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Observability, It’s What’s for Dinner

It’s six in the evening, and just as you are about to sit down for some dinner -wait for it- you’re getting paged for another production outage. Third time this week! You immediately SSH into the server to see that the JVM has been OOM killed. Great. As you inspect the endless stream of logs, tears slowly drip into your freshly poured glass of whiskey Salt ruins whiskey. Think of all the spoiled whiskey! You have no idea why the system was OOM killed and the state of the JVM. You restart the JVM only to be killed 15 minutes later. No clues are jumping off the terminal. With a glimmer of hope, you scour 1,000s of log lines for clues as they stream down your terminal every millisecond. A few minutes pass and still no evidence in the logs. Seconds turn into minutes then into hours. Hope turns into frustration then into desperation. Your food is cold now too.

We’ve all been there at some point in our career; maybe you’ve found a better way. If production outages consume your peaceful inner-buddha, then this blog post is for you. We’ll explore the observability domain and how it can help prevent further spoiled whiskey.

A Brief History of Observability

Observability is a relatively new term in the software industry. In the past, engineers would spend countless hours SSH’ing (or telnet’ ing for those who can remember those insecure days) into machines, tailing logs, and interpreting `top` output. Then start the cycle over again in hopes of finding a clue. With the introduction of JMX for Java in the early 2000s, Application Performance Management (APM) systems began to appear on the scene, such as New Relic and AppDynamics. These services provided more insight into what was happening inside the application but came at a high cost both financially and technically. They still left a lot to be desired for system metrics and custom metrics. Then Splunk burst onto the scene like the kool-aid man. They made it clear that all the good stuff is in your application logs. No more tail -f needed! No more grep needed! What freedom! As the internet gained steam, architectures became more complex, and we needed more sophisticated tools. We now see tools like Datadog and Prometheus entering the landscape and reshaping our expectations around what observability should look like in a high volume, high availability world.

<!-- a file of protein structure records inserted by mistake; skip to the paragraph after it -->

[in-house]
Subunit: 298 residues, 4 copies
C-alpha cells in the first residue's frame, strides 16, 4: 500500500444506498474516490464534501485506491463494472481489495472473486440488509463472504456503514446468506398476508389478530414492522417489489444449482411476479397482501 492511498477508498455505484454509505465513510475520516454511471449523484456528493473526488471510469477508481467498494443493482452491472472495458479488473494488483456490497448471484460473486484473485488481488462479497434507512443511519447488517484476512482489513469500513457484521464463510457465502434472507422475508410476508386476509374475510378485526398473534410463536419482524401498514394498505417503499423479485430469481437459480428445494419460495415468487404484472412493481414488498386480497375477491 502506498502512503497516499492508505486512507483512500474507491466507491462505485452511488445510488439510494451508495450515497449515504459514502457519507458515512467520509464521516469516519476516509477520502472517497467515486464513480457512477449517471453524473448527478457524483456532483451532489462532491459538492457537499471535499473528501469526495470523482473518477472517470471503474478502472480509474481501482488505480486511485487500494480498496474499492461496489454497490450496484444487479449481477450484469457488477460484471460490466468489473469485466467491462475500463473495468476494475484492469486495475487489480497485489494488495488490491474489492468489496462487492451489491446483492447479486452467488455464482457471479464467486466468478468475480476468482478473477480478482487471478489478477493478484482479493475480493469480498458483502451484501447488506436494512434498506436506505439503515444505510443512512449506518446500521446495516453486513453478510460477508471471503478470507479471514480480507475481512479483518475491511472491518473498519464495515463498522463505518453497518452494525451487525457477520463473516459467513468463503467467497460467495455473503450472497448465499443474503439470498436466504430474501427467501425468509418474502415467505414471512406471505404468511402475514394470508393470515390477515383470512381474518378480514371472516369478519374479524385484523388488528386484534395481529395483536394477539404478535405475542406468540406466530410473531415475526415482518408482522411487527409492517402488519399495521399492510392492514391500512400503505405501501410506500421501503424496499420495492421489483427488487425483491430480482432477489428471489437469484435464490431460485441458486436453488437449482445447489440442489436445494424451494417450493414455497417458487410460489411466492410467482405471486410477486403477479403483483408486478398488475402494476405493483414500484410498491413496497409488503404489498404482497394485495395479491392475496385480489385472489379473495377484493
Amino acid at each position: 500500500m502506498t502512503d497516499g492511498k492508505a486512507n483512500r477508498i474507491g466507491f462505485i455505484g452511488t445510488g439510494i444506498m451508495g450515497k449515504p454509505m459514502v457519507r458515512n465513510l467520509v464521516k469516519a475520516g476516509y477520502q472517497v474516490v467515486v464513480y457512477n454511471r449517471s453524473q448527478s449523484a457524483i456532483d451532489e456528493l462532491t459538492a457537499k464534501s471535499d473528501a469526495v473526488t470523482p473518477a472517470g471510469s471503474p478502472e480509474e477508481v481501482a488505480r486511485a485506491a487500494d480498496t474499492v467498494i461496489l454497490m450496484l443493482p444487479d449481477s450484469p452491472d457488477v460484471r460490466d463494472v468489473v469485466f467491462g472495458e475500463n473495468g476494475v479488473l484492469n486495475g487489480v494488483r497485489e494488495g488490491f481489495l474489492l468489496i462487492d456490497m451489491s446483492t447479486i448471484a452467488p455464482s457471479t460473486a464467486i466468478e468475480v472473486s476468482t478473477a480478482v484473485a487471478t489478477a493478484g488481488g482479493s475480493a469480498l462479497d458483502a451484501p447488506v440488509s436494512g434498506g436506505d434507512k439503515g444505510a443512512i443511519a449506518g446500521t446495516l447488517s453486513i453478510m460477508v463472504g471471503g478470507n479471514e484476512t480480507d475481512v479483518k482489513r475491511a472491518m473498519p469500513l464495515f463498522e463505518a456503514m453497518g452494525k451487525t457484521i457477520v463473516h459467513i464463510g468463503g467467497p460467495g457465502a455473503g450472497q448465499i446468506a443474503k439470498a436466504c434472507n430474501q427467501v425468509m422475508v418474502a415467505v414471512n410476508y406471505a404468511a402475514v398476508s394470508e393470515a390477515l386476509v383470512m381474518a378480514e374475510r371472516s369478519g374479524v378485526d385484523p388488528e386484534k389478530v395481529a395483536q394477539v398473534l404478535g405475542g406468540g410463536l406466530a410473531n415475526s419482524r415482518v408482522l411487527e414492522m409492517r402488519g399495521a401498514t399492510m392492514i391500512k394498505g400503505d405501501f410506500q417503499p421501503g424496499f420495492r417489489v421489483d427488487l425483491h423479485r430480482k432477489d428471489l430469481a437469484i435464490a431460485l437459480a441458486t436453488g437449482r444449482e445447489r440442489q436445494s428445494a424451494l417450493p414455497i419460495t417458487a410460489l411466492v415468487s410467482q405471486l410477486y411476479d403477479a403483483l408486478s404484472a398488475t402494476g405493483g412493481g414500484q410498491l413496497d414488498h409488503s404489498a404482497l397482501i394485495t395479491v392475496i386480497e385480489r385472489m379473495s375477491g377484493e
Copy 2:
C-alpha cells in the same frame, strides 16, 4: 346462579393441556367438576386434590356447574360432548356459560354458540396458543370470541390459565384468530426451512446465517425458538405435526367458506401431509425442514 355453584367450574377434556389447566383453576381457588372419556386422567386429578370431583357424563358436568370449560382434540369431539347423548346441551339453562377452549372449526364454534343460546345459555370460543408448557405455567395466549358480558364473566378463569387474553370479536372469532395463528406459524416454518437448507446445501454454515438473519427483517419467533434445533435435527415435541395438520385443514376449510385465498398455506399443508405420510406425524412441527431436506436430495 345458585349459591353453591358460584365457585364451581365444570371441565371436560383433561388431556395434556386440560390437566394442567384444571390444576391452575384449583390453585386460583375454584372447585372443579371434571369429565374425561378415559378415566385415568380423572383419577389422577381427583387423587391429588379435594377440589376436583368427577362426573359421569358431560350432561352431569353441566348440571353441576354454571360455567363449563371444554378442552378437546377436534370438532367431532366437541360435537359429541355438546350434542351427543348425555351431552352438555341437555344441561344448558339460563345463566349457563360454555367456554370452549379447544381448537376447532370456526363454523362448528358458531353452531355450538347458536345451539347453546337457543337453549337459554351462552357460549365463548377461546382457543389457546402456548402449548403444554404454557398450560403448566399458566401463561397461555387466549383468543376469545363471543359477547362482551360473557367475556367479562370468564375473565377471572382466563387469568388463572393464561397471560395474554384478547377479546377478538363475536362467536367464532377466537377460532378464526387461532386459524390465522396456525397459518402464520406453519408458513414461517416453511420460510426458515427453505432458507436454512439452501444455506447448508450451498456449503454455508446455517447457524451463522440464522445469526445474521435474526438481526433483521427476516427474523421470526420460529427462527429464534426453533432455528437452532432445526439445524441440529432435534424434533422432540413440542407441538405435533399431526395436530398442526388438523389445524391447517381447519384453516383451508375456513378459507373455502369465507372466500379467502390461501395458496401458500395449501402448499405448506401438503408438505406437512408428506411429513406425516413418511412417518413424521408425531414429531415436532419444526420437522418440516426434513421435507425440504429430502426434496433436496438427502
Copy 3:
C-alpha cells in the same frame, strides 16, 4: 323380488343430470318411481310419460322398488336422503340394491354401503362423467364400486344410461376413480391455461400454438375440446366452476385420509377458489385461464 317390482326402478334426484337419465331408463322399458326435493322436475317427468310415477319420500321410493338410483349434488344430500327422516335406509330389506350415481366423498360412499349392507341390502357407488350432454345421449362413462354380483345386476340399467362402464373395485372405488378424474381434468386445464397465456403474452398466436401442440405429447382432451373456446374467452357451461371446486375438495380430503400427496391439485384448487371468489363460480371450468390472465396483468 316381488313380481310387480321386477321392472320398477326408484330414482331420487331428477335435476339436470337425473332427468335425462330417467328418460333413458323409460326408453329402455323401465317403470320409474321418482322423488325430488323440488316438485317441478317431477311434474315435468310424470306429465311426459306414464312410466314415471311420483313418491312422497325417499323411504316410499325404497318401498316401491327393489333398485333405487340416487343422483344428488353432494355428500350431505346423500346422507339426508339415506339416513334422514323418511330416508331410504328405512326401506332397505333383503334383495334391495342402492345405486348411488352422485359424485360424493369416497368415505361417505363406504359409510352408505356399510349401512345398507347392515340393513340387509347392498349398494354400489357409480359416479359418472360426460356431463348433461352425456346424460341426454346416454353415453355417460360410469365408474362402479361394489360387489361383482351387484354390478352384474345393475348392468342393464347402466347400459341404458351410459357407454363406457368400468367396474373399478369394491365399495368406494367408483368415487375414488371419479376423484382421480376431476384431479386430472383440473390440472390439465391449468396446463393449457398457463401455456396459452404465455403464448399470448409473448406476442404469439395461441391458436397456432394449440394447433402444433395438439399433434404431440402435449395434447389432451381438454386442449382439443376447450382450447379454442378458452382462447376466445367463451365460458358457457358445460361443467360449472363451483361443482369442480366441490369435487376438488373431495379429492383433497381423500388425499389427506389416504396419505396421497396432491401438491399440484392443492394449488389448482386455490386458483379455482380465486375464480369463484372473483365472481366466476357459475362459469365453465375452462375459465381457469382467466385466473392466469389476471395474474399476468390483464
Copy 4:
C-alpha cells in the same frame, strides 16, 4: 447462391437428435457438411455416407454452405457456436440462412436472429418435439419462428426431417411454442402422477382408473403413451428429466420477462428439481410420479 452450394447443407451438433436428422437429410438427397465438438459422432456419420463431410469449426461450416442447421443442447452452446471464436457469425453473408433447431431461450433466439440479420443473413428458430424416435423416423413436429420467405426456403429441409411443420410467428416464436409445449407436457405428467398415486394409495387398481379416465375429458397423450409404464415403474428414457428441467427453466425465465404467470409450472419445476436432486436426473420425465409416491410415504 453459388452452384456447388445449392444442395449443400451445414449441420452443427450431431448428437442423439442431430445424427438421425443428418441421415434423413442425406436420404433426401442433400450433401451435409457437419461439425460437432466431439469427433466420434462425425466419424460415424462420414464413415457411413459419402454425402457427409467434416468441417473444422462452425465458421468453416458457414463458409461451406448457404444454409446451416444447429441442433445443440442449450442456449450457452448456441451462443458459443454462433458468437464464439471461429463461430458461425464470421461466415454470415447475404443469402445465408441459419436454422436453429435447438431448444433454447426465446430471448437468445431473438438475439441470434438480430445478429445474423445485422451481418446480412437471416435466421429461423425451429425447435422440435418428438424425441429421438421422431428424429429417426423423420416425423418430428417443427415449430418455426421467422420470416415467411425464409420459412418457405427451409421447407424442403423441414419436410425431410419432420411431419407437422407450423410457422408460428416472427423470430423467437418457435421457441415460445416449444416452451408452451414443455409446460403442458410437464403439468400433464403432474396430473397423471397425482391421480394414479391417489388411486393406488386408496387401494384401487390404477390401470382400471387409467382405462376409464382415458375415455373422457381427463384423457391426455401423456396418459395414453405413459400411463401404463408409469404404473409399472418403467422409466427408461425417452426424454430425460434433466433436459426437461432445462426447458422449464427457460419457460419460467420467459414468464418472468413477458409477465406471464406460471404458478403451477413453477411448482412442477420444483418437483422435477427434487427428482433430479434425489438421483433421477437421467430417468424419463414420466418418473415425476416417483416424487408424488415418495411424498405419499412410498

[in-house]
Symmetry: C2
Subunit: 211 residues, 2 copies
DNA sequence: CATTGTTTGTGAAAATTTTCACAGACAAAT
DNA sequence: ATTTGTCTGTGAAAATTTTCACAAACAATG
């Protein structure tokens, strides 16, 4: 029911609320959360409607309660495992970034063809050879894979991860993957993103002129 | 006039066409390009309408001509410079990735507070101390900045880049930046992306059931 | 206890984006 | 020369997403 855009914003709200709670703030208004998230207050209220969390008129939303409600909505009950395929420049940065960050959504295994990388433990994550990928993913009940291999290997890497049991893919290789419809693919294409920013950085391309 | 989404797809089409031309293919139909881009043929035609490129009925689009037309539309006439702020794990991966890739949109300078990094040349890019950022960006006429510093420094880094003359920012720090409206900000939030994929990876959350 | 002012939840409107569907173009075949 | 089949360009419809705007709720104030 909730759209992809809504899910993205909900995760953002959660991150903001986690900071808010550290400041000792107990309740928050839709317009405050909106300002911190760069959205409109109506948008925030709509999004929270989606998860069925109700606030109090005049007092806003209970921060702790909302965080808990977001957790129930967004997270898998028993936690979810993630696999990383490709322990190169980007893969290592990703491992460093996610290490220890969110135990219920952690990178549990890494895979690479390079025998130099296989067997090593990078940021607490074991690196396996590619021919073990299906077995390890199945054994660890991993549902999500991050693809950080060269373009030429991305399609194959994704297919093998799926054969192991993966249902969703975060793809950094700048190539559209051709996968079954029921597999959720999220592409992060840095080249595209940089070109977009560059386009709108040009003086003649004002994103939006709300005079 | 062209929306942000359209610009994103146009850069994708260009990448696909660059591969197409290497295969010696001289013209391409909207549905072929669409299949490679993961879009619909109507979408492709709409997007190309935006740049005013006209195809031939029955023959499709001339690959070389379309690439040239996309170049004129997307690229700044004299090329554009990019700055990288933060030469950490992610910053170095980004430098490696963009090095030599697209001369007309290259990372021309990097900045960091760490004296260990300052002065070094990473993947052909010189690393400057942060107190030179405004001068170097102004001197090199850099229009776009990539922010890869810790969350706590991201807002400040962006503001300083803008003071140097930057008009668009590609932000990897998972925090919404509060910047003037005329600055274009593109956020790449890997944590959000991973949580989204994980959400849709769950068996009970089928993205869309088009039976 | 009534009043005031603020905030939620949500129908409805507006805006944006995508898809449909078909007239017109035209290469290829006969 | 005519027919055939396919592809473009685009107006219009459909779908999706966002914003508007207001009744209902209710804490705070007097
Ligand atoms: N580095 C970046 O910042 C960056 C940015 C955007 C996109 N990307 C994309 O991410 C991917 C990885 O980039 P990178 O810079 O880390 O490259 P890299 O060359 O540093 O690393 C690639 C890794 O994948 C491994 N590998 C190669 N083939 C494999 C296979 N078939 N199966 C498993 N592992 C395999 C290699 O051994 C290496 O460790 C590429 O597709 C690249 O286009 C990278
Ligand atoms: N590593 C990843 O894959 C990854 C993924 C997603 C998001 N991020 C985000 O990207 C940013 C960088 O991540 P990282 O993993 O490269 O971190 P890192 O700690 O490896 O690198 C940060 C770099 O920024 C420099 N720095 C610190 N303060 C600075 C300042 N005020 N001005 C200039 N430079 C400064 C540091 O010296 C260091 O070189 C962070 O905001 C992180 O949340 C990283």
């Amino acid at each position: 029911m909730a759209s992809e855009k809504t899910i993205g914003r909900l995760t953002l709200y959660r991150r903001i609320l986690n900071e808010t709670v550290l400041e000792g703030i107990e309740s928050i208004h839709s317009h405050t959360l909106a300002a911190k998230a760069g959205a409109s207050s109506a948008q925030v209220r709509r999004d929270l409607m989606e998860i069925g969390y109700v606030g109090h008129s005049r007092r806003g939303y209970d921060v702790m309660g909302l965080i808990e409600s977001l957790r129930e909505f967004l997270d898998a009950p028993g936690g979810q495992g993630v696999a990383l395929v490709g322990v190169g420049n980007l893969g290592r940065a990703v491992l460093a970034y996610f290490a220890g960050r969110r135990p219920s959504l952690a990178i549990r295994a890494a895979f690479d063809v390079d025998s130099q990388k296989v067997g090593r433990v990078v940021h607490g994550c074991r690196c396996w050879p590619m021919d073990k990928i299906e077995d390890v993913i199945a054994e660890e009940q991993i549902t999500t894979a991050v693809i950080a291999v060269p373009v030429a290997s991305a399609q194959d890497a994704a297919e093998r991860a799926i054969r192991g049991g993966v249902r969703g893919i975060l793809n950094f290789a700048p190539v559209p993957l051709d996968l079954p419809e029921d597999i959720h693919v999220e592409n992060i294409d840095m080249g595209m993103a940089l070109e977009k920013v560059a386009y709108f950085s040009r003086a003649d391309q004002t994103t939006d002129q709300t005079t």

Why is it important now, more than ever?

The complexity of building online services has exploded over the last decade, with new infrastructure innovation from serverless solutions like AWS Lambda to container orchestration solutions like Kubernetes. These abstractions get you further away from the underlying compute, making it more difficult to debug if you don’t have the right information. The application tiers also gained complexity through microservices and API integrations with 3rd party vendors for security, credit card processing, and record-keeping, to name a few. Why your application is failing might be layers deep in the architecture that could be out of your control. What used to be SSH’ing into three machines has turned into 1,000s of machines.